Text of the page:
These “characters” enter an overarching narrative of a fractured society landing on a new world (called “Chiron” or “Planet”) already inhabited by a semi-sentient collective intelligence. The various factions are competing with one another for territory and resources, and with the alien life form for dominance of planet. Relationships between factions remain mostly antagonistic, but the game imposes an arc on the interaction between the player and the lifeforms of Planet. Certain events are triggered by the player to make an explicit arc, while the game’s technology tree enforces its own narrative of cooperation. Scientific advancement relies on developing a further understanding of Planet, which in turn allows the cultivation of its lifeforms to produce the food, energy, and minerals necessary to survive or dominate. The apex of the scientific approach to victory is the fusing of human consciousness with the collective mind of Planet.

The problem is that this doesn’t seem like an outcome that would sit well with every faction, and would appeal to some for very different reasons. The Gaians would happily join with Planet because this idea lies at the core of their civilization anyway. The collectivist Hive would also appreciate the idea, but Chairman Yang would mostly enjoy the power it gave him over all life. Surely a collective consciousness would be anathema to the capitalists of Morgan Enterprises or the Survivalists — though for these factions one could just choose to pursue the economic domination or world conquest victory conditions. That would not escape the fact that these societies are forced to pursue scientific goals at odds with their philosophies along the way.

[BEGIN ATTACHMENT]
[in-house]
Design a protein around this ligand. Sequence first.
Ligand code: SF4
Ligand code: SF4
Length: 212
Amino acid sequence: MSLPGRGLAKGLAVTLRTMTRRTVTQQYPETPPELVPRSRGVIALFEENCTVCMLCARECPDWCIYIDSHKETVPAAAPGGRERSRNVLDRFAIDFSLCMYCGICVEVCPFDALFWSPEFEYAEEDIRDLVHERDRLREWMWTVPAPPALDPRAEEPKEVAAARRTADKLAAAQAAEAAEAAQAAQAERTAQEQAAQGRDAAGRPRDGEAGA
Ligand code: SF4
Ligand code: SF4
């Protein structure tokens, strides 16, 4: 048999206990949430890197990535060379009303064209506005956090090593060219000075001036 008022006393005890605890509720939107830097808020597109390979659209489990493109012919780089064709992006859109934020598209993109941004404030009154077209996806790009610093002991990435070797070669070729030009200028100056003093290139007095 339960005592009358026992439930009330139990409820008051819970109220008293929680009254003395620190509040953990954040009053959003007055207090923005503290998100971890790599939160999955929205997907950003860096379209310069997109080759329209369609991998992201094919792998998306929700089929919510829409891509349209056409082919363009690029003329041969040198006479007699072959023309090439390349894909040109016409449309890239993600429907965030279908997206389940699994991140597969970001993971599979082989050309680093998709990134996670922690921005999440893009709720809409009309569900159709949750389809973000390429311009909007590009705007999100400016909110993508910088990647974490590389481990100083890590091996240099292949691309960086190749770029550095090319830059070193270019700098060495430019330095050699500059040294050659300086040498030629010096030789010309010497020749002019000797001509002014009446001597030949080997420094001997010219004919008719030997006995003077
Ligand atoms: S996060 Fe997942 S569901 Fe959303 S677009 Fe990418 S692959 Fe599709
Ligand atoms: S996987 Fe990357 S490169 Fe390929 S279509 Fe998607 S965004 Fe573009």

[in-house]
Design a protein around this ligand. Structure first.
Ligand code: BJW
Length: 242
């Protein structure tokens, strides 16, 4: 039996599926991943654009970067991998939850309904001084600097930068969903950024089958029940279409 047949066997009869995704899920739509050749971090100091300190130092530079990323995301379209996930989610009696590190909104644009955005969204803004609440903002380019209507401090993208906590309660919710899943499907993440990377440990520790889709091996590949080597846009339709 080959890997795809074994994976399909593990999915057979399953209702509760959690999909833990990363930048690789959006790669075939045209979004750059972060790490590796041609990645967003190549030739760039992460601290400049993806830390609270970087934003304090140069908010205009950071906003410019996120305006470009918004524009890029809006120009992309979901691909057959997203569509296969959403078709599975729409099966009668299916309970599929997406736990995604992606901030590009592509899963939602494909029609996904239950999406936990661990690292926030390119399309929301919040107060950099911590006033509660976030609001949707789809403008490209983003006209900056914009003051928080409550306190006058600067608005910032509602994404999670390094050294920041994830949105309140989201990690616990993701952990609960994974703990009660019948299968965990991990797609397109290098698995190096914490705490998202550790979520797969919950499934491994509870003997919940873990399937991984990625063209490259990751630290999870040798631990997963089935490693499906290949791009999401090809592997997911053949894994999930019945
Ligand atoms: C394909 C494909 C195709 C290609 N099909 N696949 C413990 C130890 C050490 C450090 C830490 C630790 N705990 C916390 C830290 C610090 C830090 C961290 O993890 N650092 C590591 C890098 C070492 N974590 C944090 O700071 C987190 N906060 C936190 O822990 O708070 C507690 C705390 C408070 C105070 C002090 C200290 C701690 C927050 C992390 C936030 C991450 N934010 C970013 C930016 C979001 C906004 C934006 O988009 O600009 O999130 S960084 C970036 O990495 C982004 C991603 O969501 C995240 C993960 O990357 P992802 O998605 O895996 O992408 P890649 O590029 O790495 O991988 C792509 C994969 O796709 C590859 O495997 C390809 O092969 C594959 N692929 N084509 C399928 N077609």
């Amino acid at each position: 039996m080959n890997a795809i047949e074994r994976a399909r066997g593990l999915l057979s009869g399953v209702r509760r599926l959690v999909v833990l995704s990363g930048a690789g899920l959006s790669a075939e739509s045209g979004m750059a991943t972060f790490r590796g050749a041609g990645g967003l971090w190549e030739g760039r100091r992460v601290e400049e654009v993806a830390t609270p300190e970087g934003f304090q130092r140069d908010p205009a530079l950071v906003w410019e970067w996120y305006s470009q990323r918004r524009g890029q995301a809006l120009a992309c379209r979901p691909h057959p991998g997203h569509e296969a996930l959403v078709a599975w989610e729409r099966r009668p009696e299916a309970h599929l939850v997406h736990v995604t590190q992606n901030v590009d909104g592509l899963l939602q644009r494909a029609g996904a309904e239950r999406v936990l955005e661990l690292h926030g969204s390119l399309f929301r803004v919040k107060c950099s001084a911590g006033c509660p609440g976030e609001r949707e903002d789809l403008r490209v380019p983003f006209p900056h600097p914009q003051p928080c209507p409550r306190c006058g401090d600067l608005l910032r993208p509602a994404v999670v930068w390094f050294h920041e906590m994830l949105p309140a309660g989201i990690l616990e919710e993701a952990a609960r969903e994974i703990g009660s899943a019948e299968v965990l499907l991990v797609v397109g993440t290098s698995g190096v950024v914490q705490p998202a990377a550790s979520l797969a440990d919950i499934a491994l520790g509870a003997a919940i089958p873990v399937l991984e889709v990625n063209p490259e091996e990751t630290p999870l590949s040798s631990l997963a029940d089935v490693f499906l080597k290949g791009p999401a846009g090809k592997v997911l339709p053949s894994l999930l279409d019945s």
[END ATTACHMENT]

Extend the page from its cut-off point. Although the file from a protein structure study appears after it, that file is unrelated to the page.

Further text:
And what of the Lord’s Believers? To say nothing of the theological difficulty involved in acknowledging the existence of an intelligent lifeform not contemplated in scripture (and this would be socially important), the pursuit of immortality by giving up one’s soul to an alien creature must surely be horrific to them. If you assume their ideals are honestly held (and in all fairness, the game does not), conquering their neighbors by the sword or filthy lucre would be just as bad.